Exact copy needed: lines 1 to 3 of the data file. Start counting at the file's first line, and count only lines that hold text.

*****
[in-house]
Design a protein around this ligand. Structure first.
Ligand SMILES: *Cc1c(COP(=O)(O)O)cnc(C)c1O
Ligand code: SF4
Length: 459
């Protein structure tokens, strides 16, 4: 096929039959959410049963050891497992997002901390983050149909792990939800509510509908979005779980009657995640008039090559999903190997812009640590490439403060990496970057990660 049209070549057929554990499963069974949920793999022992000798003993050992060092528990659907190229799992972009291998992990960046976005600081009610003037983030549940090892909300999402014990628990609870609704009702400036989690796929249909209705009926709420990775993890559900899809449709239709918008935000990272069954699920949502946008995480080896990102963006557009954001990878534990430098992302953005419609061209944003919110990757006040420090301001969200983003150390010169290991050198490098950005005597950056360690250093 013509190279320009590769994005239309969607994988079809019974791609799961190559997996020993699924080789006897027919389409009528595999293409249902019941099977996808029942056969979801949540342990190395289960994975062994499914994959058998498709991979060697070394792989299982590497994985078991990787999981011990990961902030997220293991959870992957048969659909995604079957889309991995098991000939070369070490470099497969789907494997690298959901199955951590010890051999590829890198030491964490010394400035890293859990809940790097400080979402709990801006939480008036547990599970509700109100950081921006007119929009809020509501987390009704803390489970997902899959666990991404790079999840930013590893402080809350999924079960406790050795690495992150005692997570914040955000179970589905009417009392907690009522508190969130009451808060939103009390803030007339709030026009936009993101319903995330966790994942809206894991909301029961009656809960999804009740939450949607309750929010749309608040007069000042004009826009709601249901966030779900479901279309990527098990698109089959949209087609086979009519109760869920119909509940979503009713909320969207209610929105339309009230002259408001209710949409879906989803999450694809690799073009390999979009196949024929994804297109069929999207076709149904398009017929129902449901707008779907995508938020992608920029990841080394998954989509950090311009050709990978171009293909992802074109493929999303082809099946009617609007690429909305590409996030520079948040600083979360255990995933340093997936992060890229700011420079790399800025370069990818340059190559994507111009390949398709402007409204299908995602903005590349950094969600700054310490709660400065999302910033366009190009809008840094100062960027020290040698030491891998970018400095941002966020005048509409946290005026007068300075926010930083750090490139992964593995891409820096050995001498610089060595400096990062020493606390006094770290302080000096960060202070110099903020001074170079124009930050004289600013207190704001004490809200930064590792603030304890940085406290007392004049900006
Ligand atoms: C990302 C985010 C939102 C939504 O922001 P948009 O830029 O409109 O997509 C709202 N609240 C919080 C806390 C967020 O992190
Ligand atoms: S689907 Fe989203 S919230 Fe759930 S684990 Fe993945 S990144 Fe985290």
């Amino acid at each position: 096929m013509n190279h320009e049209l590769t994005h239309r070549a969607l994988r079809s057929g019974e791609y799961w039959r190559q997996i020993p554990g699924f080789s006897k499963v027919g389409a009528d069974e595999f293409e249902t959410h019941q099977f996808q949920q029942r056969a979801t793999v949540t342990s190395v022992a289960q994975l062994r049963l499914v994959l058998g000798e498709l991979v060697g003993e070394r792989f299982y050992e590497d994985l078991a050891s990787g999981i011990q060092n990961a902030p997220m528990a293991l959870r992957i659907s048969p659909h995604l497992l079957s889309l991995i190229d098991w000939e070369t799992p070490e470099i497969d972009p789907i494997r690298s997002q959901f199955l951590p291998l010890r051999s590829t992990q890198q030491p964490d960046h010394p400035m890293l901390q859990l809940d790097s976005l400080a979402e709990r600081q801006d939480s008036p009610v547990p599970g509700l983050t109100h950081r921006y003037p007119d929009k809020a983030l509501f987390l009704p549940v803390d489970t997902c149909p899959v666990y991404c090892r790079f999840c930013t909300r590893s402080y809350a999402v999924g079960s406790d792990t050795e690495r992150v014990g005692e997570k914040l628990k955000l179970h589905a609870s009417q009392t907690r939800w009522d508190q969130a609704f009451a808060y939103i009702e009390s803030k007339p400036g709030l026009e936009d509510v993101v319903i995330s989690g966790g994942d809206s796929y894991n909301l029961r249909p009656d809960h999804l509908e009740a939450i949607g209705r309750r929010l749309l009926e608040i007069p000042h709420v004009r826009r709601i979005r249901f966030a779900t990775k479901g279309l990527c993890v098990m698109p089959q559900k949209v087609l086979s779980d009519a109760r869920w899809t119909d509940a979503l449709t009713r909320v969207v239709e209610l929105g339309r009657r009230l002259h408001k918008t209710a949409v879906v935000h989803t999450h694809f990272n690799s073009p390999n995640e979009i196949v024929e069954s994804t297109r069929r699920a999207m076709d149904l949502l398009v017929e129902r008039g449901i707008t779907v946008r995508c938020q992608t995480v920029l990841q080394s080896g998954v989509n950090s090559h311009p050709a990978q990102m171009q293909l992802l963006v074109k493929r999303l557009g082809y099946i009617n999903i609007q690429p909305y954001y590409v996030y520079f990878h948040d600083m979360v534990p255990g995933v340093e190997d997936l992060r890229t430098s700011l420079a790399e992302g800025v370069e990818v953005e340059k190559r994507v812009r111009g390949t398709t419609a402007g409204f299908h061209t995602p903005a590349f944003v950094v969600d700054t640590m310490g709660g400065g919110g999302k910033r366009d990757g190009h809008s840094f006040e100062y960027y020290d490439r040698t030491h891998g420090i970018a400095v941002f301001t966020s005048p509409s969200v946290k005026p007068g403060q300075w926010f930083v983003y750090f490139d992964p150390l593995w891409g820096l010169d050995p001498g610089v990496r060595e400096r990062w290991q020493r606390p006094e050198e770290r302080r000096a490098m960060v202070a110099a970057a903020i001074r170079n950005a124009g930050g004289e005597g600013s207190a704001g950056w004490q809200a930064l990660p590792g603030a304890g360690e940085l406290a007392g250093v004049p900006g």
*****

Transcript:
[in-house]
Design a protein around this ligand. Structure first.
Ligand SMILES: *Cc1c(COP(=O)(O)O)cnc(C)c1O